Withings Home Review

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What's going on in your house while you're away? The $199 Withings Home not only records audio and video of what's happening inside your house, but also keeps tabs on your air quality. This gadget can even play a lullaby if you have it set up in your baby's room. Unfortunately, this jack-of-all-trades security camera is a master of none.


The small, cylindrical Withings Home is about the size of a large tumbler glass, measuring 3.4 tall by 3 inches in diameter. The upper two-thirds is wrapped in wood, which helps it fade into a bookshelf. This wood sheath, which has a cutout for the camera, can be rotated to block the camera. Oddly, this action doesn't turn off the mic, so you could listen in on someone’s conversation even if you couldn't see them.

The bottom third of the Withings Home is made of white plastic, which hides a multicolored LED array. Around its back are a power plug and an Ethernet port, though you can also connect it to your home network via Wi-Fi.


It couldn't be easier to get the Withings Home up and running. After powering on the camera, I downloaded the Withings Home app to my iPhone. (An Android app is in the works.) The app then guided me through the process of connecting the camera to my Wi-Fi network, which took all of 5 minutes.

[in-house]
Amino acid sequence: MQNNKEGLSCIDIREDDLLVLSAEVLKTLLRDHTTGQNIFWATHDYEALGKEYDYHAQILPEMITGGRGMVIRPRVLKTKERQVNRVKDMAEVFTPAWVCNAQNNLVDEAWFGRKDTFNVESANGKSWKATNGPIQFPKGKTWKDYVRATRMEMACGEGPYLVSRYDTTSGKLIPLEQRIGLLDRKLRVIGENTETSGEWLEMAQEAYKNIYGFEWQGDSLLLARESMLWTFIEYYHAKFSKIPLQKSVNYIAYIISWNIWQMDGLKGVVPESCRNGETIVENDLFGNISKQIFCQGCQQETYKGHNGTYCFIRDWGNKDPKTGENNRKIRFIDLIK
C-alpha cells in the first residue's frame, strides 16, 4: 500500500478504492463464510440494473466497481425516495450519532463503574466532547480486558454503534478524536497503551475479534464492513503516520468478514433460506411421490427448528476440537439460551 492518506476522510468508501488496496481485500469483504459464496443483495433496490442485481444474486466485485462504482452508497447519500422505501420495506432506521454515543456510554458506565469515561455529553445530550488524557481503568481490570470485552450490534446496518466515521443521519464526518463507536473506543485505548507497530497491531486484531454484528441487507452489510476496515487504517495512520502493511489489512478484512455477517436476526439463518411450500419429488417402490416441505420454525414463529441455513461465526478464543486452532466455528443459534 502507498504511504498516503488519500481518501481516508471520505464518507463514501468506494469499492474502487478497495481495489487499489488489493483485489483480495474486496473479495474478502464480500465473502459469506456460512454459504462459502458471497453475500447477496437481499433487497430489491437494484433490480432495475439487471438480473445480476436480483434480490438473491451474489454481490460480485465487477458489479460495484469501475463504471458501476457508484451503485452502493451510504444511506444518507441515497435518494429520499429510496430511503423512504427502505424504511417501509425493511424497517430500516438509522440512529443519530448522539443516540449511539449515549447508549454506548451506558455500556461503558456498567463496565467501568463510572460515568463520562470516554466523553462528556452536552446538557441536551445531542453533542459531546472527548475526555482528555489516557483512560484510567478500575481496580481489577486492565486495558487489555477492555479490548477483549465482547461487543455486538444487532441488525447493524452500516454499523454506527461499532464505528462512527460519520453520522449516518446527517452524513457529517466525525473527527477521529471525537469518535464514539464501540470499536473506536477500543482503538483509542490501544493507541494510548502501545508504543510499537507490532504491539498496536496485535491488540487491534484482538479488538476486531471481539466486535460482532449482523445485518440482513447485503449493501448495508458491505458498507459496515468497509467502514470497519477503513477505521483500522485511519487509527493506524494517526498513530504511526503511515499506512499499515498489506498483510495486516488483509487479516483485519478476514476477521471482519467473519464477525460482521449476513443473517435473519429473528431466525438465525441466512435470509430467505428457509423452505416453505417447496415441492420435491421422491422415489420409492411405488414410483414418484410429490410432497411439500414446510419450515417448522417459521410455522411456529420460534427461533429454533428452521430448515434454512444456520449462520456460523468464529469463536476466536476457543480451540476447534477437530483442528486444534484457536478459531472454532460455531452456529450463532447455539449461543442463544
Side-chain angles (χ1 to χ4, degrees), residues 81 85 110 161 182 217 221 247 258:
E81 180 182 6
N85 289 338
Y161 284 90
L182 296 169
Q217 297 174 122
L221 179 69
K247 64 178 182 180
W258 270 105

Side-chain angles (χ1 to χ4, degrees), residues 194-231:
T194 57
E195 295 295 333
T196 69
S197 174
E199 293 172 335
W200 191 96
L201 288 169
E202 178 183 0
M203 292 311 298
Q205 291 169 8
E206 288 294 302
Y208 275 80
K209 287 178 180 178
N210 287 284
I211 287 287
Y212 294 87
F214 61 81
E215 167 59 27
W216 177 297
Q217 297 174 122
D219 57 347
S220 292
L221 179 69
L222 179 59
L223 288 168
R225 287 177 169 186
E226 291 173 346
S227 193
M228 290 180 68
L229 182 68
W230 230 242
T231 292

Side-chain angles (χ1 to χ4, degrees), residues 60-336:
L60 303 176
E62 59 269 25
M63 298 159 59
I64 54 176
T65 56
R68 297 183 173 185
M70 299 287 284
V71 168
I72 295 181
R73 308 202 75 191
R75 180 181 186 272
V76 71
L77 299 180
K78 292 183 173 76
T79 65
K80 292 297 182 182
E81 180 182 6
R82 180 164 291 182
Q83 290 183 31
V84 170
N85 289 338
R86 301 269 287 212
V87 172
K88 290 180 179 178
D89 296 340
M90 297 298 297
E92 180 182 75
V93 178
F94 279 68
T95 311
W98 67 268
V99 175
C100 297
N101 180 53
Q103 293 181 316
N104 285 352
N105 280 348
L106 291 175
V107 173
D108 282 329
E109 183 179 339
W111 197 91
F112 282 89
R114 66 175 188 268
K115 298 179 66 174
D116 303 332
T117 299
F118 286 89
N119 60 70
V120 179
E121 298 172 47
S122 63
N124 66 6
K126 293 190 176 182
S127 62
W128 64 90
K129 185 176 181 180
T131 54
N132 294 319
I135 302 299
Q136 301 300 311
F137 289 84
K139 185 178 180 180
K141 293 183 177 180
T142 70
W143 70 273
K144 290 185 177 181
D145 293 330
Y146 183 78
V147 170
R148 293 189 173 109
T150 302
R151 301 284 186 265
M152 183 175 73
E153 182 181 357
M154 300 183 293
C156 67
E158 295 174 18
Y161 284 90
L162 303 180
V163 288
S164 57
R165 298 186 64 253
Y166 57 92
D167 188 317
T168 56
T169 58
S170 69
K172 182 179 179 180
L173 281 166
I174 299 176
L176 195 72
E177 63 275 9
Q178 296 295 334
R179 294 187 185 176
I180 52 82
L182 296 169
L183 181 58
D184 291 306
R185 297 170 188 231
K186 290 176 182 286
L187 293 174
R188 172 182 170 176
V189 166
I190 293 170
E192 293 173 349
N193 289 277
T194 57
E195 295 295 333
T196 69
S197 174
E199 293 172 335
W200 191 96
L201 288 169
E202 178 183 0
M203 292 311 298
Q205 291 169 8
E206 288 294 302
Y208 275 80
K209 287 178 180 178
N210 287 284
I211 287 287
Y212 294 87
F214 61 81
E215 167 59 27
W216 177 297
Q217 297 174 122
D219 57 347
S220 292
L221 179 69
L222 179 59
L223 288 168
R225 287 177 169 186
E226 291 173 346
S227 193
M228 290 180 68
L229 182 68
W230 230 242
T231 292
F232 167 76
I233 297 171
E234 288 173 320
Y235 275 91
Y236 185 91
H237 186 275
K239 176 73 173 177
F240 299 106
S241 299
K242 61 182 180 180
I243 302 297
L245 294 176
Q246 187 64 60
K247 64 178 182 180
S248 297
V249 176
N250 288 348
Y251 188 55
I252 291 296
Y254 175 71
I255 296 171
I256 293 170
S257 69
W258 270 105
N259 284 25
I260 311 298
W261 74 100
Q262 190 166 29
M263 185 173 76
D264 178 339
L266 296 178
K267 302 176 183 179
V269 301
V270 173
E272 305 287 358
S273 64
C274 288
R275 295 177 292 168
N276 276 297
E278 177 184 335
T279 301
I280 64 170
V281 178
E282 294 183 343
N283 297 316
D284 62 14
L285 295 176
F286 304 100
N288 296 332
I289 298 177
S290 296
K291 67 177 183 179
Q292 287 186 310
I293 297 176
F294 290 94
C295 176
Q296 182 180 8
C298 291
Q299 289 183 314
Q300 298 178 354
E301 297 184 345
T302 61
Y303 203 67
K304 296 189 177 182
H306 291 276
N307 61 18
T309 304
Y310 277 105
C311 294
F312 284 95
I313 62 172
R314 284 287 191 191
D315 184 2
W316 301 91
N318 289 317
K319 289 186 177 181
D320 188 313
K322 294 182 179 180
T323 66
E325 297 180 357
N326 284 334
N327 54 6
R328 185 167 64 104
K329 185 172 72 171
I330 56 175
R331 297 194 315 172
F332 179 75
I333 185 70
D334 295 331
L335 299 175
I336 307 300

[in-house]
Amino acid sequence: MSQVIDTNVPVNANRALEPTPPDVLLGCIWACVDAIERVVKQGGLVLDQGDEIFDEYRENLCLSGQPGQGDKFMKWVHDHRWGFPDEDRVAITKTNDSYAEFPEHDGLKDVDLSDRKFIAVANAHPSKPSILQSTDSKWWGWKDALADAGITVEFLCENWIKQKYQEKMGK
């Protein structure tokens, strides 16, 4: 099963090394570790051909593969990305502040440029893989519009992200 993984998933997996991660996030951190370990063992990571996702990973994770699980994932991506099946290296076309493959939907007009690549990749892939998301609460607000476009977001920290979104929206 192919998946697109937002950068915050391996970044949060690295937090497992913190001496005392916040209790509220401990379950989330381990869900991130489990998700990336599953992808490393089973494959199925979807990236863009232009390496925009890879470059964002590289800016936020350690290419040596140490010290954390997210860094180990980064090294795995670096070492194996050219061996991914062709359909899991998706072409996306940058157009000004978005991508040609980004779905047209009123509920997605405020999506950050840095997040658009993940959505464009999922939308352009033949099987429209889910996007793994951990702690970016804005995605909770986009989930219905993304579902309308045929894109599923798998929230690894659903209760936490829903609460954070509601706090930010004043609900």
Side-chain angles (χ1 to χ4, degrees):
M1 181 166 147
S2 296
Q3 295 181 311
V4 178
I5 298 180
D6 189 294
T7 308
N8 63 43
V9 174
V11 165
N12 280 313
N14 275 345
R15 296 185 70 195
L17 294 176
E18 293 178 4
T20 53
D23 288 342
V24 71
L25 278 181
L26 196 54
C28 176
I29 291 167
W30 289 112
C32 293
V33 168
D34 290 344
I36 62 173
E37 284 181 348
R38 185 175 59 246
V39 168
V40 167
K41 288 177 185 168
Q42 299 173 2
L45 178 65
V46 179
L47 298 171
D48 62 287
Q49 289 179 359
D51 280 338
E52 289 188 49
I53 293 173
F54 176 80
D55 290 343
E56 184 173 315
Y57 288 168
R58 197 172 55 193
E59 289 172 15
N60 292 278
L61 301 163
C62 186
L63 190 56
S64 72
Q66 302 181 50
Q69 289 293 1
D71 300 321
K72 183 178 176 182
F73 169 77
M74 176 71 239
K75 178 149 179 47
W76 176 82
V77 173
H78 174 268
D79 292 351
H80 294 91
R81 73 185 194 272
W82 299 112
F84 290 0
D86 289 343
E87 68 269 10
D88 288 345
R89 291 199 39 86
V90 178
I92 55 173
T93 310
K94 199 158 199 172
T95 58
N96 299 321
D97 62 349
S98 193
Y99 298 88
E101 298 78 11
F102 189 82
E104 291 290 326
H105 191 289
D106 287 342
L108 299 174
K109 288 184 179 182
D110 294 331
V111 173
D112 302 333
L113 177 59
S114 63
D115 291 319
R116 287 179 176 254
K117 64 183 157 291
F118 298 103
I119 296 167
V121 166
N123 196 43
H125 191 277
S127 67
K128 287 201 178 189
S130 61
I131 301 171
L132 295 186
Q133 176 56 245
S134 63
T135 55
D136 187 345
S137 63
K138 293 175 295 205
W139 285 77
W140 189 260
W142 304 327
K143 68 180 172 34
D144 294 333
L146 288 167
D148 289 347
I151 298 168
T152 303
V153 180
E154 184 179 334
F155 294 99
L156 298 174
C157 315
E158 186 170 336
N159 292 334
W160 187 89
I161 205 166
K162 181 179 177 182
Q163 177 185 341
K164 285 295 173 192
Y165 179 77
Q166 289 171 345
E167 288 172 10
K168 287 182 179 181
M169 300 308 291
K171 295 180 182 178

In addition to recording video at 1080p at 30 frames per second, the Withings Home has a few other features. The first is an air-quality monitor that, similar to a feature on the Netatmo Weather Station, measures volatile organic compounds (such as benzene and acetone) within your home.

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Like the Withings Smart Baby Monitor, the Withings Home can play a lullaby, but in this case, you get only one selection. I wish you could stream music to the device from your phone. The Home also has a soothing LED in its base that can change colors.